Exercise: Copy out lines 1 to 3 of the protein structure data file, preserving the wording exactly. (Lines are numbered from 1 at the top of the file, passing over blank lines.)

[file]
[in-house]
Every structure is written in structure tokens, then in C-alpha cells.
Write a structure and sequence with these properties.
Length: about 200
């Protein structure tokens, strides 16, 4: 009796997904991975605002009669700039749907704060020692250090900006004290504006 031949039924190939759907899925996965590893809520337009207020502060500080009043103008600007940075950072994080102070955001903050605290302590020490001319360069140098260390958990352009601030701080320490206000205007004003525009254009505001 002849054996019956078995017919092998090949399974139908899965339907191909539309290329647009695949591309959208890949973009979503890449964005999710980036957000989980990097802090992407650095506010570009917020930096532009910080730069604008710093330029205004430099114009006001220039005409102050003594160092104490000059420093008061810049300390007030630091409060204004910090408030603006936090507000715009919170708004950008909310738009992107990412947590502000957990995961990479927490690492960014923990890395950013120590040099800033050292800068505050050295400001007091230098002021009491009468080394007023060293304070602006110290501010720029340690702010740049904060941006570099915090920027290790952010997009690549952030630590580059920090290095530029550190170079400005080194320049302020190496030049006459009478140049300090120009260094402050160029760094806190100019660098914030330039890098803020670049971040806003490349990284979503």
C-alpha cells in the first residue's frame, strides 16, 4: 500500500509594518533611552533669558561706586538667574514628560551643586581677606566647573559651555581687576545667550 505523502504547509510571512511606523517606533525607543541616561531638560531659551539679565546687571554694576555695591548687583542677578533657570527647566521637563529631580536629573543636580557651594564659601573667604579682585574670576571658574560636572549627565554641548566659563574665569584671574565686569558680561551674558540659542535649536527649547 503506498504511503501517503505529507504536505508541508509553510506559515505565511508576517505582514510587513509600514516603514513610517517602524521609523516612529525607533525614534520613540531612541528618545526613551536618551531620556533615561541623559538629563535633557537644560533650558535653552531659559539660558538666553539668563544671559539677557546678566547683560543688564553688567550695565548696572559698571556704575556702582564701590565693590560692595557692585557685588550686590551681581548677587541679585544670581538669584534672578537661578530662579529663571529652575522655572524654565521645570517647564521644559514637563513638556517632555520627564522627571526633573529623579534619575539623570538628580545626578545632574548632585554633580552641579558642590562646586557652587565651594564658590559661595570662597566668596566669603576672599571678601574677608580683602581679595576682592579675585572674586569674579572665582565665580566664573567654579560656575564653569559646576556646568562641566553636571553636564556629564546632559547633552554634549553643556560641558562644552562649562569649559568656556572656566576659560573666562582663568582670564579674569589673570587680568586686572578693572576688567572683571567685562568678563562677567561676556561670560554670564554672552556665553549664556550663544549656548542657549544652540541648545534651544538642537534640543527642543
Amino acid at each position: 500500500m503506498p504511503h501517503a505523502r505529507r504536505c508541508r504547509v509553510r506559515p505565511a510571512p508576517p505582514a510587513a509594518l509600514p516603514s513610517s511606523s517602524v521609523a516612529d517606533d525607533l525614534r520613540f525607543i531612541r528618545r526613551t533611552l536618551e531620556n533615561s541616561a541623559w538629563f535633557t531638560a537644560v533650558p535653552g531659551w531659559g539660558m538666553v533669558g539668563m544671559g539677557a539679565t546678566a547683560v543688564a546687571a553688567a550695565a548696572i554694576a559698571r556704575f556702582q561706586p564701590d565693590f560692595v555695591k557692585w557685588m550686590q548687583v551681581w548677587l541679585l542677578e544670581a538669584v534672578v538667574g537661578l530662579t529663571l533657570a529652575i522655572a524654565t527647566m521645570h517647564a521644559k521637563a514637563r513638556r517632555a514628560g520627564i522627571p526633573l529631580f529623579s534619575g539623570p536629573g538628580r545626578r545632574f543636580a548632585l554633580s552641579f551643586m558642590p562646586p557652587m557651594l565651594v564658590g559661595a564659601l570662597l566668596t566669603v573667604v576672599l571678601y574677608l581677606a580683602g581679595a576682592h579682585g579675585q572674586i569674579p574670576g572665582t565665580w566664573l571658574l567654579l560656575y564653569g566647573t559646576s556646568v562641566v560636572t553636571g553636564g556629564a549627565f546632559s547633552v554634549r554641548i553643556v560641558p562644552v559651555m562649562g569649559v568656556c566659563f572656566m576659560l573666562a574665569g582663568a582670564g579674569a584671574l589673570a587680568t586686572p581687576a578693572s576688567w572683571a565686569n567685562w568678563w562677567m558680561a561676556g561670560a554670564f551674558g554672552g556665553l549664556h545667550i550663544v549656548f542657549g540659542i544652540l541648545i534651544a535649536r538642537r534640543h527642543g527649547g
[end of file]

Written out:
[in-house]
Every structure is written in structure tokens, then in C-alpha cells.
Write a structure and sequence with these properties.